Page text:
After 10 years on the market, the fourth-generation Range Rover will be replaced by an all-new model for 2022, featuring a variety of different powertrains. We’ll see a plug-in hybrid and an all-electric version coming soon, though yes, you can still get a V8 (a twin-turbo claiming 0 to 60 in 4.4 seconds) if you’re so inclined. All models are tech-loaded, and while the design doesn’t lose the signature Range Rover silhouette, the vehicle’s whole look takes a big step into an ultra-modern aesthetic.

Welcome to Headlight. This is a daily news feature that lights up one current event in the car world and breaks it down by three simple subheadings: What HappenedWhy It Matters, and What To Look For Next. Look for it in the morning (Eastern time) every weekday.

What Happened

Yesterday, Land Rover did a worldwide reveal of the latest, brand-new 2022 Range Rover at the Royal Opera House in London, United Kingdom. According to the official press release, it’s based on a brand new chassis and will be the first Range Rover to feature seating for seven and four-wheel steering. The latter is no joke: its turning circle is a minuscule 36 feet, the smallest of Land Rover’s entire range. Additionally, to satisfy increasing emission requirements and be a bit kinder to mother nature, a plug-in hybrid powertrain will be available in 2023 that features up to 62 miles of range on electric power alone, as well as a first-ever all-electric model the following year.

Why It Matters

When we say “after ten years on the market,” what we really mean, is “after ten-whole-freaking-years on the market.” That’s a long time for any generation of vehicle to stick around. In fact, the badge was first affixed to a truck way back in 1969. Five generations in just over fifty years is, well, kind of unheard of among most automakers.

As far as keeping the old badge hip with the times, a forthcoming plug-in hybrid and electric version is music to our ears. Though, one could say that it’s about time: Land Rover’s sibling Jaguar has been doing full-EV with its I-Pace for a few years now. Also, a plug-in hybrid is certainly good news, but not exactly new news, as this has been an option for a while. Still, the upcoming 2023 version features nearly double the all-EV range as the previous.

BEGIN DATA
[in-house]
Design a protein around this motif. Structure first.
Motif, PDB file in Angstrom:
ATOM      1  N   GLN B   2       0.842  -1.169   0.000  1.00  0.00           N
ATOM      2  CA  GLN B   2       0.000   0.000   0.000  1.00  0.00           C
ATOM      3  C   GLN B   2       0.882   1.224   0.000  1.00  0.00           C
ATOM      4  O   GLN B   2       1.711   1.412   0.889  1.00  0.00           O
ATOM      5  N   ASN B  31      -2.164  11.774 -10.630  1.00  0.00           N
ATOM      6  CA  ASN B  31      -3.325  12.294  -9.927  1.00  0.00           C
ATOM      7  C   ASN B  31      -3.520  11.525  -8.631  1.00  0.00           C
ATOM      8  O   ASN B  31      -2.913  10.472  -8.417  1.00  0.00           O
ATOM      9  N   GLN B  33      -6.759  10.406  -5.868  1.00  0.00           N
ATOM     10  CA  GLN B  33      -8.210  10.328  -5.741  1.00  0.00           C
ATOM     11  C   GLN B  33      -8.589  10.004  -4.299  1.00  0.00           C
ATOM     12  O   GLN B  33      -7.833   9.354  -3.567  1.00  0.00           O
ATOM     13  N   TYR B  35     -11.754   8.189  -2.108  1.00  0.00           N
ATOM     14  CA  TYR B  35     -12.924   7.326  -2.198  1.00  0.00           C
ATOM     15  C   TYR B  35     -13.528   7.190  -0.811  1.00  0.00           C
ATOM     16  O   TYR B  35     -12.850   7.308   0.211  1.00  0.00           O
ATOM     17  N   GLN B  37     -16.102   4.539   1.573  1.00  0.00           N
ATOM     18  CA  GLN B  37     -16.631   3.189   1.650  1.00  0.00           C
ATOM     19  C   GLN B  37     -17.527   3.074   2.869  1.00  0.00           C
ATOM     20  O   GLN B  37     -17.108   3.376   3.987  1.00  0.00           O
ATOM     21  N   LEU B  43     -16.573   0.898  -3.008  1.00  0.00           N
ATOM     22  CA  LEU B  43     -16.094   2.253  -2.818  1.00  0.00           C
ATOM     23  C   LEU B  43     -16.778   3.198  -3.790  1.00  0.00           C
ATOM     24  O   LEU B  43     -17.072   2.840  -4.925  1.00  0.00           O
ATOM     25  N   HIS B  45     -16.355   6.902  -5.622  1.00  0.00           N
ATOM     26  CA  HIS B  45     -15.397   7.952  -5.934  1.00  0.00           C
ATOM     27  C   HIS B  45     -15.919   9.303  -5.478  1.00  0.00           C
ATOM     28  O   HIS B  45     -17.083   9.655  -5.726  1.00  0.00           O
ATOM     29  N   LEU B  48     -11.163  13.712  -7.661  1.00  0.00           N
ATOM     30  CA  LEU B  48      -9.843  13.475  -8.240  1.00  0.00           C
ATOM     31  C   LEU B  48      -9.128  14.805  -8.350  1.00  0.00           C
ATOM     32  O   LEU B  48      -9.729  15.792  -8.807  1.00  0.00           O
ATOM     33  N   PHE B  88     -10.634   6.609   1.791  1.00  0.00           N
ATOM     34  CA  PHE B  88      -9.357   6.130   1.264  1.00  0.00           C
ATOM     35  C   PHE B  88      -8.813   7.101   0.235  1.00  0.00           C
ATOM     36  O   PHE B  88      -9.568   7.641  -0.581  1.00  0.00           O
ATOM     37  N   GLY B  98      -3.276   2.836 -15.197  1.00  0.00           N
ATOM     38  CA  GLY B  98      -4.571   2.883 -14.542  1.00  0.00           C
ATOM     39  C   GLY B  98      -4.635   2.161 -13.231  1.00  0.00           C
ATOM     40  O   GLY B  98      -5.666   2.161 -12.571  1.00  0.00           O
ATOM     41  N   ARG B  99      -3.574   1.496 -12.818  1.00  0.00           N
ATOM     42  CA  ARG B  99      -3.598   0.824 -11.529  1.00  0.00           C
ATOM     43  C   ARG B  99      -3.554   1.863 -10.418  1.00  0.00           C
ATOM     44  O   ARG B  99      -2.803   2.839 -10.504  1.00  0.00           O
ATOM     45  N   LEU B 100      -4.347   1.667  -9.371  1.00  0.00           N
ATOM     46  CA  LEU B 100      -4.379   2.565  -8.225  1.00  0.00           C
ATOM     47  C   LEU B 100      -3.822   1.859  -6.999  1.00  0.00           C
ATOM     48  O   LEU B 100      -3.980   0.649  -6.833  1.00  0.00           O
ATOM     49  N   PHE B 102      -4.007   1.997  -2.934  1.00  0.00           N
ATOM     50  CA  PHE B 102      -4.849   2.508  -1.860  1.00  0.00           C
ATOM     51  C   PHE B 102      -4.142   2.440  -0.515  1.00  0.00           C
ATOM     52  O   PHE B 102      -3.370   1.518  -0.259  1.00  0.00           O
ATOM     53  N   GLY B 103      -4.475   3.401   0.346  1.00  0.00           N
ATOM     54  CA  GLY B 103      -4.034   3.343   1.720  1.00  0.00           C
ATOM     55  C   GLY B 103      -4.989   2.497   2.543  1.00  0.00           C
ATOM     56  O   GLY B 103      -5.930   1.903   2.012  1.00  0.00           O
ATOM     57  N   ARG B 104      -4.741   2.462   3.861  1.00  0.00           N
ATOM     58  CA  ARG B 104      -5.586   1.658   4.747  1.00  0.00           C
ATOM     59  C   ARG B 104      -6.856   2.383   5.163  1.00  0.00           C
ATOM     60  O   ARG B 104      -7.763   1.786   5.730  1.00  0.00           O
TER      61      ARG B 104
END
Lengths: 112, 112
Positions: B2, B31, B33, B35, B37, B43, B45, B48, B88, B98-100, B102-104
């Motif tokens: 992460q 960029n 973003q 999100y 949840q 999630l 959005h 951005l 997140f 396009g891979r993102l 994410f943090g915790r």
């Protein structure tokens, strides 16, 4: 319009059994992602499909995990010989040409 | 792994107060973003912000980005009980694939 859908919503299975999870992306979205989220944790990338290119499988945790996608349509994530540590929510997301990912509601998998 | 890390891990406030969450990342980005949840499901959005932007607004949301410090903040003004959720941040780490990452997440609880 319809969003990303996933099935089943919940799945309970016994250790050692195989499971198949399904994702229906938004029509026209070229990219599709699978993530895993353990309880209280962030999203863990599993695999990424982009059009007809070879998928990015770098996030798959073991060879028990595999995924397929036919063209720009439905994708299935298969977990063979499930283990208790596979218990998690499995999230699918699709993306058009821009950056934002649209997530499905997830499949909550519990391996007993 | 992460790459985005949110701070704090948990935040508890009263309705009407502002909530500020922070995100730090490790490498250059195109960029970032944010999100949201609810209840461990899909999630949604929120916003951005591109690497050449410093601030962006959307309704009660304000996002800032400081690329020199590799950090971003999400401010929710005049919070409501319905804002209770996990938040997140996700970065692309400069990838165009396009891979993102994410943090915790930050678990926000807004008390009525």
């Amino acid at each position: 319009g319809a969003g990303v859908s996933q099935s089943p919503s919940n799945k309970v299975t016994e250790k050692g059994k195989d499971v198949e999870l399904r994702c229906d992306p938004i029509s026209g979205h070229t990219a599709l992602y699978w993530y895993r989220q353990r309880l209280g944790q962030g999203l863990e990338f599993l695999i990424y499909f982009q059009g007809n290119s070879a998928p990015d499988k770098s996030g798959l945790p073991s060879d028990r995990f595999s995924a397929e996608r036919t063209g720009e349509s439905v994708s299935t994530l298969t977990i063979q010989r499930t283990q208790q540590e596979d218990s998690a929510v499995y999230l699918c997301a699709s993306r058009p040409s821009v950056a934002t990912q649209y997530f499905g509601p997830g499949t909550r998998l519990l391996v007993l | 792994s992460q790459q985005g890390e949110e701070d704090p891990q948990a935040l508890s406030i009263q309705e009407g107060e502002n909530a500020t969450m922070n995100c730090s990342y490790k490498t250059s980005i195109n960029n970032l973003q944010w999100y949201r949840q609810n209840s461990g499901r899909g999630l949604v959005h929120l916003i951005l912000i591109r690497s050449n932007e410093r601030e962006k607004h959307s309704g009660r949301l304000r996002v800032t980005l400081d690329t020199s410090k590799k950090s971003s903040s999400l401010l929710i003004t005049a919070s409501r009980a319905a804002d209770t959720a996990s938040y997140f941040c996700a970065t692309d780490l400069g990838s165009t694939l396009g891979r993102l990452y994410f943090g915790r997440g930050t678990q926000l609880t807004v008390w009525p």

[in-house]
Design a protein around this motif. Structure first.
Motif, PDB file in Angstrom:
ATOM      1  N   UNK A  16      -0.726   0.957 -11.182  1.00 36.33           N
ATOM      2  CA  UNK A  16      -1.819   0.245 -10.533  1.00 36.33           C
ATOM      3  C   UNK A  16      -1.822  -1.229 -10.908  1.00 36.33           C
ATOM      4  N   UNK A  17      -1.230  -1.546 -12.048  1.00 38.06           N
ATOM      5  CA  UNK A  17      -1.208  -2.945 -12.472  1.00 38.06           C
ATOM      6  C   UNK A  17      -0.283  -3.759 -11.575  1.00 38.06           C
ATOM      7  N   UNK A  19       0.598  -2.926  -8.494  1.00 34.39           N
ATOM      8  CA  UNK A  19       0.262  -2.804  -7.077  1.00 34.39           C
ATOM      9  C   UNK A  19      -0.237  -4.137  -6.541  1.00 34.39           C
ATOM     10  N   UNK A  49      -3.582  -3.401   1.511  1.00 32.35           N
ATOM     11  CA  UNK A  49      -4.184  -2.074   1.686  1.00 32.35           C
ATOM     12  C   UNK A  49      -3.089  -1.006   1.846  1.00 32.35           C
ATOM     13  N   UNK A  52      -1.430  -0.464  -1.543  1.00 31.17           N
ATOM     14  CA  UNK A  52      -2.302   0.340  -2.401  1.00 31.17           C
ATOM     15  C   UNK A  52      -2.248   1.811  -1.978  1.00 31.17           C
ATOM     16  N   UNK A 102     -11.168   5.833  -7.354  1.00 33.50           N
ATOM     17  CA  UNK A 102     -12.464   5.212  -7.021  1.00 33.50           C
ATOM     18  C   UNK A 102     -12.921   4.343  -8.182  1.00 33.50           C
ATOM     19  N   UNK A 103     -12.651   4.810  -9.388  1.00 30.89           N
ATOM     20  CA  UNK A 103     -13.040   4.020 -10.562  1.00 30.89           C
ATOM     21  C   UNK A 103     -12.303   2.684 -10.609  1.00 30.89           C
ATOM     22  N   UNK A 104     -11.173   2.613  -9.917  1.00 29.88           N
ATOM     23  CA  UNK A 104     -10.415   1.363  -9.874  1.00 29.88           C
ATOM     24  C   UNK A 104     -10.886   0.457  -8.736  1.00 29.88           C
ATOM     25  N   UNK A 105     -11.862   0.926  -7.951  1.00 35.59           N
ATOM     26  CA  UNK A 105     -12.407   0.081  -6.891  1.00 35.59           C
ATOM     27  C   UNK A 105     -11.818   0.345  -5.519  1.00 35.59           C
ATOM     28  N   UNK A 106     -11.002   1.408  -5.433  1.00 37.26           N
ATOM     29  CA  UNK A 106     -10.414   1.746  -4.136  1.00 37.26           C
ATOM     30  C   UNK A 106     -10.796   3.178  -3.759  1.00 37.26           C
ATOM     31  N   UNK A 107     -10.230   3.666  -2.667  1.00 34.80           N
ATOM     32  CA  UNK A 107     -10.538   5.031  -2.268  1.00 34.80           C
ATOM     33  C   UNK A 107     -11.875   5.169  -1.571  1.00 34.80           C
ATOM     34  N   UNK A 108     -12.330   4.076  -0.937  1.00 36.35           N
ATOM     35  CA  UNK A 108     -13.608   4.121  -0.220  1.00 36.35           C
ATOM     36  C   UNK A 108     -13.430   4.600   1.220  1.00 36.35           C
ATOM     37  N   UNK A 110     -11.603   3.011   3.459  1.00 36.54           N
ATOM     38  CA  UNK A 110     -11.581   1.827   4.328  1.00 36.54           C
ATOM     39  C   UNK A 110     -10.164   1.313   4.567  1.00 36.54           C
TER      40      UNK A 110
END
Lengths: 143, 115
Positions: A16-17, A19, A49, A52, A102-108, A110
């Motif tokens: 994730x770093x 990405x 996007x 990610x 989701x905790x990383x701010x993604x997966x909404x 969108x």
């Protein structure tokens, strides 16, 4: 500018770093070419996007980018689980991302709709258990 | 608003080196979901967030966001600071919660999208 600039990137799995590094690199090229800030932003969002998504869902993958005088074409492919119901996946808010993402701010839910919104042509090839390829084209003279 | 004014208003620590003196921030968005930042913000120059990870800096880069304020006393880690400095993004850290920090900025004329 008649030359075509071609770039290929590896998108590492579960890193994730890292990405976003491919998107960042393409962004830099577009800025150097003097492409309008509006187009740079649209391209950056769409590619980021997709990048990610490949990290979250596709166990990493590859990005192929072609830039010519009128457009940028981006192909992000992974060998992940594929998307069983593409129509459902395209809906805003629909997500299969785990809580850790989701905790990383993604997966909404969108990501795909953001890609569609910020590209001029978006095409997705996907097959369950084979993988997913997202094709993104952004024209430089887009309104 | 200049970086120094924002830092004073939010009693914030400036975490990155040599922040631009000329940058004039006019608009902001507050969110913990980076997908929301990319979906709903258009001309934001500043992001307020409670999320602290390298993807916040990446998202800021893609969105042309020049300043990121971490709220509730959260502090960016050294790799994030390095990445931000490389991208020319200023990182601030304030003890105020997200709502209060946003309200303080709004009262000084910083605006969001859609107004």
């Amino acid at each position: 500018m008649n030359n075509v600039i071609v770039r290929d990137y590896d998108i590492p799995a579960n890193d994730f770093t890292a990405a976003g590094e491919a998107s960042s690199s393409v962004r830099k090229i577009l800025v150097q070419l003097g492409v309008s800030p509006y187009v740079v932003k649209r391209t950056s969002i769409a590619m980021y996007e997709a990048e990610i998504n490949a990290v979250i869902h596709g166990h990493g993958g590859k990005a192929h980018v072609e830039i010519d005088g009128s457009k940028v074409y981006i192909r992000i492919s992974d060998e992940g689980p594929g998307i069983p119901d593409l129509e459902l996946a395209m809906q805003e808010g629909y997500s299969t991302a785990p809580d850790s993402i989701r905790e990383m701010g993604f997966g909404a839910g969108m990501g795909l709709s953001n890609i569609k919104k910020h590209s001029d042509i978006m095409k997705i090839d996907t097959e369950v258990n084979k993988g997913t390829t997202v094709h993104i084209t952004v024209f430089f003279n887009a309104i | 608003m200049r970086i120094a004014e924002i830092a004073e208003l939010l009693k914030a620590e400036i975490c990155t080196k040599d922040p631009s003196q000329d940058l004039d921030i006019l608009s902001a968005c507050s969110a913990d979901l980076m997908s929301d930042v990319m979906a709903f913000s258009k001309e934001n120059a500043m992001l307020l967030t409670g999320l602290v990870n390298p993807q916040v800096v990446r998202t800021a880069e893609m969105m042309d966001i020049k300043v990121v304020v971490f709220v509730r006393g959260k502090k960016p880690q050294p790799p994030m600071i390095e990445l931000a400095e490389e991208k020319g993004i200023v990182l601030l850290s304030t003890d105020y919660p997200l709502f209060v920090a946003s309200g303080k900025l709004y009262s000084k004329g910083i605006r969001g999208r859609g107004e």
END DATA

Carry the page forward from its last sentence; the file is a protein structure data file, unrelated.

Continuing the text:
Finally, the way Land Rover designed the new Rangie is what really matters to us: it’s gorgeous. This is subjective, but we think it’s the best-looking generation since the P38. It takes a lot of the fourth generation’s design and, well, just cleans it up and makes it so much more handsome. We also really dig the taillights -they’re kind of weird, but in a very good, well-pulled-off way.

What To Look For Next

The previous Range Rover was offered with the option of having an extensive amount of customizable luxury with the brand’s Special Vehicle Operations. From what we gather, they’ll offer even more this time around with this latest Range Rover SV (maybe they dropped to O to avoid being compared to old, turbocharged Mustangs?). According to Land Rover: “materials for exclusive Range Rover SV design details include lustrous plated metals, smooth ceramics, intricate mosaic marquetry, as well as a choice of high-grade leathers or sustainable non-leather Ultrafabrics. Additional design themes including SV Serenity and SV Intrepid introduce two-tone front-to-rear contrasting interior colorways, while the sumptuous four-seat SV Signature Suite features functional enhancements including an electrically deployable Club Table and refrigerator.”

What all this means: It’ll be easier than ever to exceed the new Range Rover’s $104,000 base price.

On the opposite end of all of this, we’re hoping the Range Rover will still be an immensely underrated off-roader. We found out ourselves what a 2021 six-figure Range Rover can do off-road, and hope the Coventry brand doesn’t lose sight of this crucial tradition. I guess there’s only one way to find out -stay tuned for us to get our hands on one as soon as possible.

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